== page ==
What's in this article?
Seborrheic dermatitis, also known as seborrhea, is a common non-contagious condition of skin areas rich in oil glands (the face, scalp, and upper trunk). Seborrheic dermatitis is marked by flaking (overproduction and sloughing of skin cells) and sometimes redness and itching of the skin. It can vary in severity from mild dandruff of the scalp to scaly red patches on the skin. The normal skin yeast, Pityrosporum ovale, lives in oil-rich skin regions and plays a role in this disorder; the changes seen in the skin are due to the body’s inflammatory response to the yeast found on the skin. Seborrheic dermatitis seems to worsen with stress, winter, and infrequent shampooing. Although there is no “cure” for seborrheic dermatitis, control is usually possible with medicated shampoos and topical steroid solutions, if inflammation is prominent.
Who’s At Risk
Dandruff occurs in 15–20% of the population, and seborrheic dermatitis (with redness and flaking) occurs in 3–5%. The problem affects all races and may be a bit worse in men. It typically starts after puberty (although babies have a version called cradle cap). Seborrheic dermatitis peaks around the age of 40 and then may improve. Severe seborrheic dermatitis is seen frequently in people with Parkinson disease, central nervous system problems, and HIV infection.
Your nose is plagued by dry, itchy, flaky patches that look unpleasant and feel just as bad. Whether caused by infection, sickness, weather or climate change, you don’t have to live with dry flakes marring your face. Treat and protect dry patches to heal your face and help it to its best condition. If the problem persists, make an appointment with your doctor as your condition may require prescription medication.
We don’t know what exactly causes seborrheic dermatitis. It seems to be a combination of things, including:
- Your genes
- A yeast that normally lives on skin
- Certain medical conditions and medicines
- Cold, dry weather
It doesn’t come from an allergy or being unclean.
Newborns and adults aged 30-60 are more likely to get seborrheic dermatitis. It’s more common in men than women and in people with oily skin. These medical conditions will also raise your risk:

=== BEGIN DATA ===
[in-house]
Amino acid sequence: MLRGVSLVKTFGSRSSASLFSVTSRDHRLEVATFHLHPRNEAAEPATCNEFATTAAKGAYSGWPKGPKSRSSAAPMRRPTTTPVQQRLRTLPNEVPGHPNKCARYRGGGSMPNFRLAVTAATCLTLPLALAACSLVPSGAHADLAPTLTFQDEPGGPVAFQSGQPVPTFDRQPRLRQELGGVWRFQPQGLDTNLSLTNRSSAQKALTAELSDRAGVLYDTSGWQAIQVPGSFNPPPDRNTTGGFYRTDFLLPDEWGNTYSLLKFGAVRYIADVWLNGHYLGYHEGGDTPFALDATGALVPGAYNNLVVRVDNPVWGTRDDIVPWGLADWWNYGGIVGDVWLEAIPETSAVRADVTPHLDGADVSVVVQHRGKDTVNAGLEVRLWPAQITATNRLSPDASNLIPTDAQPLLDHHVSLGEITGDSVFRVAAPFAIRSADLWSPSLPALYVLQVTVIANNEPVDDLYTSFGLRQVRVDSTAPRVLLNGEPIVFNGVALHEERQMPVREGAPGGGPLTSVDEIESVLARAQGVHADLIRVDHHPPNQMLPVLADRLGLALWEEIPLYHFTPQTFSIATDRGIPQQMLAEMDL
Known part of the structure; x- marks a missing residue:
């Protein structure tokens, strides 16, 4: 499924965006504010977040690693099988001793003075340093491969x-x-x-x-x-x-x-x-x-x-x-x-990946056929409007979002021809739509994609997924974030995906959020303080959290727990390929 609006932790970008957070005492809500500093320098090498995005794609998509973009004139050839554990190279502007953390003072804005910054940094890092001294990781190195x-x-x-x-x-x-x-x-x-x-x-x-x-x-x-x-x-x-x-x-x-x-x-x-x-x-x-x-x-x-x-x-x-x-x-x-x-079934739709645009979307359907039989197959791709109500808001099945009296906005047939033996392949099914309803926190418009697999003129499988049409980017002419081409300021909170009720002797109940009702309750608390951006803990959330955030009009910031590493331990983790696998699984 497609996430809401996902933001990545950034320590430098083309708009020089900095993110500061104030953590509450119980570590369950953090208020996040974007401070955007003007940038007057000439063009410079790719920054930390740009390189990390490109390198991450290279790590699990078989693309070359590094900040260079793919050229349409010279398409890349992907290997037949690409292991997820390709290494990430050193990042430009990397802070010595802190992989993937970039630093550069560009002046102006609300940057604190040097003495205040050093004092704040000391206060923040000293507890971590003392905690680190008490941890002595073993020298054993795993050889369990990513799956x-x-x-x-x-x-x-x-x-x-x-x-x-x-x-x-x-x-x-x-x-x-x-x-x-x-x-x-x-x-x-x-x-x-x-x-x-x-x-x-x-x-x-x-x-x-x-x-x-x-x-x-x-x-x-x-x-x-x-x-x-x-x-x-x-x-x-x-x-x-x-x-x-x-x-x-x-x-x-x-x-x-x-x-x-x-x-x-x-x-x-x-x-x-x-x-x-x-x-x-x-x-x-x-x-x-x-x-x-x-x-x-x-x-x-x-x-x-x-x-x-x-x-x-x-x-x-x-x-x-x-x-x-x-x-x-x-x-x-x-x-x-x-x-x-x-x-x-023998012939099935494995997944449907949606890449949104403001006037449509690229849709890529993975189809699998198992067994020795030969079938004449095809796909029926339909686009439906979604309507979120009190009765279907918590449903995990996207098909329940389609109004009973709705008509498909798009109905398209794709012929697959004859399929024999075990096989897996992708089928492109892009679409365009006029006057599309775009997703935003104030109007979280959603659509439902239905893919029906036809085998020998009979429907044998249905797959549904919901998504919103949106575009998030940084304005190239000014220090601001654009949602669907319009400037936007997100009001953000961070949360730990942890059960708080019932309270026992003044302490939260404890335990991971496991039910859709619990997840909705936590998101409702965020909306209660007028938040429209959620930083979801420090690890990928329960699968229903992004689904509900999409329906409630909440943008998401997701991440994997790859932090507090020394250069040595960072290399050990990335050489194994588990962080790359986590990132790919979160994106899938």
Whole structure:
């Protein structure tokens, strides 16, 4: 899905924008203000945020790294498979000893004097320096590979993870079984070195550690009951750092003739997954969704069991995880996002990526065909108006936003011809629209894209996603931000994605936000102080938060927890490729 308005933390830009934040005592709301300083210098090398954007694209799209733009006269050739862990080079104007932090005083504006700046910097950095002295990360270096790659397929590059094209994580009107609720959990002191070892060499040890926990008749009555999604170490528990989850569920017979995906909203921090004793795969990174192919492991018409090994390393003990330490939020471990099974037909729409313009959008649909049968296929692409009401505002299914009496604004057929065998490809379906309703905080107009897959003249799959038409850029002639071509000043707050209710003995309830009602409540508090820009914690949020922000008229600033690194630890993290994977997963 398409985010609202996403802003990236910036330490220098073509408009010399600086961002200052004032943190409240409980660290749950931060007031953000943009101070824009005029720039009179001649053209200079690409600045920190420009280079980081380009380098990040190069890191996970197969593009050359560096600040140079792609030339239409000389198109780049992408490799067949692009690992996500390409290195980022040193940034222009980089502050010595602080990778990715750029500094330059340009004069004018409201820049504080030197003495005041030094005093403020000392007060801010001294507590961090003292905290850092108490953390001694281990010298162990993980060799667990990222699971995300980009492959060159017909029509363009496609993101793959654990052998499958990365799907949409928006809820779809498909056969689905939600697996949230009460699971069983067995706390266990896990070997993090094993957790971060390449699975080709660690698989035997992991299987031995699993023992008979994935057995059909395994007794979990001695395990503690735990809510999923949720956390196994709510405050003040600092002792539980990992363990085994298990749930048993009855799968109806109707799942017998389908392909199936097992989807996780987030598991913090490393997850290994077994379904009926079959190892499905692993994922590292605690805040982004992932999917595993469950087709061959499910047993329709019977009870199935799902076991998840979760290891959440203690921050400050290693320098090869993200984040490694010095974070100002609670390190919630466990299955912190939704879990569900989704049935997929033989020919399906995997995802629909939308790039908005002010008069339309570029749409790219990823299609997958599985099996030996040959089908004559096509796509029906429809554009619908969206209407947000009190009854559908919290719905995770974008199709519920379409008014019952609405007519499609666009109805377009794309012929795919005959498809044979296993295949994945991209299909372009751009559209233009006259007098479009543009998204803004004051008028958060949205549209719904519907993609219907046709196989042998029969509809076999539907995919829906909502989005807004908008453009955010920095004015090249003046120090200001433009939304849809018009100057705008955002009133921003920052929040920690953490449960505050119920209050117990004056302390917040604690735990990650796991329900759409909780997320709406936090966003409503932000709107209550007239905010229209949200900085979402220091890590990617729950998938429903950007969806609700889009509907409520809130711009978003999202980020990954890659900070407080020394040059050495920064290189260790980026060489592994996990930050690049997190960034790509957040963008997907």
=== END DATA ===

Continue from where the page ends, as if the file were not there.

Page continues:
- Eating disorders
- Heart attack or stroke recovery
- Parkinson’s disease
Seborrheic dermatitis symptoms include:
- Skin flakes (dandruff) on your scalp, hair, eyebrows, beard or mustache
- Patches of greasy skin covered with flaky white or yellow scales or crust on the scalp, ears, face, chest, armpits, scrotum or other parts of the body
- Red skin
- Redness or crusting of the eyelids (blepharitis)
- Possibly itching or stinging
Who gets seborrhoeic dermatitis?
Infantile seborrhoeic dermatitis affects babies under the age of 3 months and usually resolves by 6–12 months of age.
Adult seborrhoeic dermatitis tends to begin in late adolescence. Prevalence is greatest in young adults and in the elderly. It is more common in males than in females.
The following factors are sometimes associated with severe adult seborrhoeic dermatitis:
- Oily skin (seborrhoea)
- Familial tendency to seborrhoeic dermatitis or a family history of psoriasis
- Immunosuppression: organ transplant recipient, human immunodeficiency virus (HIV) infection and others
- Neurological and psychiatric diseases: Parkinson disease, tardive dyskinesia, depression
Sometimes, seborrheic dermatitis will clear up by itself. More often, it’s a lifelong issue that clears and flares. It can last for years at a time, but you can control it with good skin care.